God creates “one new man” (v. 15) by tearing down “the dividing wall of hostility” (v 14). Paul wasn’t saying our ethnic, racial, and tribal differences are erased in the body of Christ. Even in the restored heaven and earth, a host of “peoples, tribes, languages, and nations” (Rev. 11:9) will gather before the throne, still recognizable for their distinctiveness. Yet they’ll be united in their worship of the Lamb of God, who tore down the hostility that separated them. Because tribalism, racism, and division are sewn into the fabric of human history and culture, we need to see this newfound cross-centered unity as nothing short of a miracle whenever it emerges. This is a snapshot of the imago Dei restored to humanity: a wildly diverse community of people united in worship together.

This unity is the way the world was meant to be. It has its origins in the unity of God Himself, whose community in the three-in-one Trinity is the model for all human community. This relationship is marked by difference—each member of the Trinity is distinct in His role and relationship with one another—and by unity. And when They created us, They made us in Their image: “Let us make man in our  image, according to our  likeness” (Gen. 1:26, emphasis added). Humanity is meant to reflect the Trinity as a whole, not just one member of it, and we can’t do that alone. It’s in community that we best reflect the image of God as we embrace and encourage one another in love.

This is a snapshot of the imago Dei restored to humanity: a wildly diverse community of people united in worship together.

Mike Cosper in Tribalism and the Image of God

The way these realities coexist is something of a mystery, but so is the kind of unity described in the New Testament. Every saved person retains his or her particularity—his or her place in the world and sense of personal identity—but gains a deeper identity that brings unity among believers. The Holy Spirit makes us alive in Christ and members of one family created by Christ’s blood. This Spirit-created family has deeper roots than any other human family.

In light of our shared identity in Christ, the Bible calls for tremendous respect for other image bearers. First and foremost, they deserve respect and dignity because they’re inherently worthy of respect as people made in the image of God. The Bible directly connects the sin of murder to the image of God and calls for the highest possible punishment for it (see Gen. 9:6).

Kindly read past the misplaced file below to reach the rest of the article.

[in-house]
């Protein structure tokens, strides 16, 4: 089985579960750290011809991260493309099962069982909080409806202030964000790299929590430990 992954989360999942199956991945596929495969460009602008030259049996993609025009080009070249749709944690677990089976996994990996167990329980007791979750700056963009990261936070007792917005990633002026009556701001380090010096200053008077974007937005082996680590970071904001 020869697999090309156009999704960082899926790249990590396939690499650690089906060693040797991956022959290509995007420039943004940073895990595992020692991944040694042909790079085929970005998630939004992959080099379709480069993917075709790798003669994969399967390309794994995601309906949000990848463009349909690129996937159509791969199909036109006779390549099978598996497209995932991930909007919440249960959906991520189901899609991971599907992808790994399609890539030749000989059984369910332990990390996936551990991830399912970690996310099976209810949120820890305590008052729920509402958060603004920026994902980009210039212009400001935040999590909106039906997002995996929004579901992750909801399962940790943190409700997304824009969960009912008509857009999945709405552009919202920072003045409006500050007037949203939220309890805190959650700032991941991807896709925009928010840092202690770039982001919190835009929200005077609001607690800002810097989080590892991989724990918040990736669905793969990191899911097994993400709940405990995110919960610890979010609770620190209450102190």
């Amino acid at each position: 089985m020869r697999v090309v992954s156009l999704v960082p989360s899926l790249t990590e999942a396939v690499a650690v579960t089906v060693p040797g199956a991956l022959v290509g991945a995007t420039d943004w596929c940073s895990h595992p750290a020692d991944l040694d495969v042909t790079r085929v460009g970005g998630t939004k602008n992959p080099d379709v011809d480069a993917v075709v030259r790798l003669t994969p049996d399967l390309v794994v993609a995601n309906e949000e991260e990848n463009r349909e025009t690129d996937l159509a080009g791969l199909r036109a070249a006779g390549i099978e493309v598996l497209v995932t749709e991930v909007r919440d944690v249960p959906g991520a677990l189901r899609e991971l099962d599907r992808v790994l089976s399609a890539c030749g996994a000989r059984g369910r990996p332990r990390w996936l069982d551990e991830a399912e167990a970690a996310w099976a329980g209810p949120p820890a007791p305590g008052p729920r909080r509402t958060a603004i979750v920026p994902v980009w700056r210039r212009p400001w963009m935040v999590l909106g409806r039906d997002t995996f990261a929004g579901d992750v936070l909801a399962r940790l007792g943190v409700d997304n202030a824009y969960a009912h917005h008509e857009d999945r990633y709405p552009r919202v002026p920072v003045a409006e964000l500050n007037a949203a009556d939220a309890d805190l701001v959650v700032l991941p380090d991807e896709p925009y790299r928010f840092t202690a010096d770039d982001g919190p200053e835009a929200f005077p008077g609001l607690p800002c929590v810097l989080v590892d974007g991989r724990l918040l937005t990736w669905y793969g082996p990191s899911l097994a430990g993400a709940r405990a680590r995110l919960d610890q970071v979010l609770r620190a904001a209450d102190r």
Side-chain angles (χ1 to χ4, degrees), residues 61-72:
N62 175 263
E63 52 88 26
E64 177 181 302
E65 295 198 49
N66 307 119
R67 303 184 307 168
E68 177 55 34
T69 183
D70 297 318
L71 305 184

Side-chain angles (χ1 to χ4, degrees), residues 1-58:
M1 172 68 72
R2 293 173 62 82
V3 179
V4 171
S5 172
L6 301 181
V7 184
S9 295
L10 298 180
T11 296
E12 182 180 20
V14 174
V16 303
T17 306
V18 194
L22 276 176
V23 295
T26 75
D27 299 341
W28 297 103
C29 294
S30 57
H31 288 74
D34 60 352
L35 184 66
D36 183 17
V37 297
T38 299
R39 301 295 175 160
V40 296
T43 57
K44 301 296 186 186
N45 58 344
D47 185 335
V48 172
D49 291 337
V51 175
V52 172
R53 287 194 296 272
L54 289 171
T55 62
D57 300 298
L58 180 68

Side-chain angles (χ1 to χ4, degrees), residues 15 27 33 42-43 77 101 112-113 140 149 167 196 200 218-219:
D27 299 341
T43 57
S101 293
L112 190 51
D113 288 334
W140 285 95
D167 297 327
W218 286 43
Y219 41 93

Likewise, James identified the sin of cursing others as a sin against the image of God:

With the  tongue  we bless our Lord and Father, and with  it  we curse people who are made in God’s likeness, (James 3:9).

We can’t claim to love God and despise people made in His image. Jesus’ great commandment derives from the imago Dei (see Matt. 22:37-39). We love God with all our hearts because He’s infinitely worthy of love. We love ourselves—meaning we respect our dignity and our inherent worth—because we know we’re made in God’s image. And with the same  love  we embrace others, respecting their inherent dignity because they too are made in God’s image.

Excerpted from Imago Dei by Mike Cosper. Published by LifeWay Press®. © 2019. Used by permission.

Mike Cosper served for sixteen years as one of the founding pastors at Sojourn Community Church in Louisville, Kentucky. He started Harbor Media in 2016. He’s the author of the Bible study Imago Dei and several books, including Faith among the Faithless: Learning from Esther How to Live in a World Gone Mad, The Stories We Tell, and Recapturing the Wonder: Transcendent Faith in a Disenchanted World. He and his wife, Sarah, live in Louisville, Kentucky, with their daughters, Dorothy and Maggie. You can follow him on Twitter @MikeCosper.

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Imago Dei by Mike Cosper

People are naturally compelled to ask questions of identity: Who am I? What am I worth? Why am I here? The answers culture offers only lead to more questions. To properly answer these questions, we need to look all the way back to the beginning—to our creation—and see that all people are made in the image of God. 

Having a well-rounded view of the imago Dei will help us better understand ourselves, God, and the restoring work of salvation that comes to us through Jesus Christ. We can understand what God intended the imago Dei to be, how sin corrupted it, and how Jesus restores it through the power of the cross and the indwelling presence of the Holy Spirit.